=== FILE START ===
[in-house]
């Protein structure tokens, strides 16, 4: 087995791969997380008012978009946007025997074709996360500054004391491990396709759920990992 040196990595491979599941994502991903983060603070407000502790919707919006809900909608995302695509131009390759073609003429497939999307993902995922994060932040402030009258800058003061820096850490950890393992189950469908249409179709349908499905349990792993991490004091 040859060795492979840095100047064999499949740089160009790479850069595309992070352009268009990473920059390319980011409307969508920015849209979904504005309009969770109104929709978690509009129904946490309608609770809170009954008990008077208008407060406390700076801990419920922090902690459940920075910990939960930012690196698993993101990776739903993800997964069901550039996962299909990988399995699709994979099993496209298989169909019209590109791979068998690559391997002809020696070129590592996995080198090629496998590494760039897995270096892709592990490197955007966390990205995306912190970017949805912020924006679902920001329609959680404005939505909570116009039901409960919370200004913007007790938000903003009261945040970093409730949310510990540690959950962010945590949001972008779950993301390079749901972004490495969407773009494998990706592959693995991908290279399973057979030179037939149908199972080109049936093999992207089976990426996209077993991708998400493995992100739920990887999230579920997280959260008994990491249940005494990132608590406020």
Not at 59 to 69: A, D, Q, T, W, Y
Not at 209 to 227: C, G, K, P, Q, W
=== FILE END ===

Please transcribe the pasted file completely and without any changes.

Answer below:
[in-house]
């Protein structure tokens, strides 16, 4: 087995791969997380008012978009946007025997074709996360500054004391491990396709759920990992 040196990595491979599941994502991903983060603070407000502790919707919006809900909608995302695509131009390759073609003429497939999307993902995922994060932040402030009258800058003061820096850490950890393992189950469908249409179709349908499905349990792993991490004091 040859060795492979840095100047064999499949740089160009790479850069595309992070352009268009990473920059390319980011409307969508920015849209979904504005309009969770109104929709978690509009129904946490309608609770809170009954008990008077208008407060406390700076801990419920922090902690459940920075910990939960930012690196698993993101990776739903993800997964069901550039996962299909990988399995699709994979099993496209298989169909019209590109791979068998690559391997002809020696070129590592996995080198090629496998590494760039897995270096892709592990490197955007966390990205995306912190970017949805912020924006679902920001329609959680404005939505909570116009039901409960919370200004913007007790938000903003009261945040970093409730949310510990540690959950962010945590949001972008779950993301390079749901972004490495969407773009494998990706592959693995991908290279399973057979030179037939149908199972080109049936093999992207089976990426996209077993991708998400493995992100739920990887999230579920997280959260008994990491249940005494990132608590406020």
Not at 59 to 69: A, D, Q, T, W, Y
Not at 209 to 227: C, G, K, P, Q, W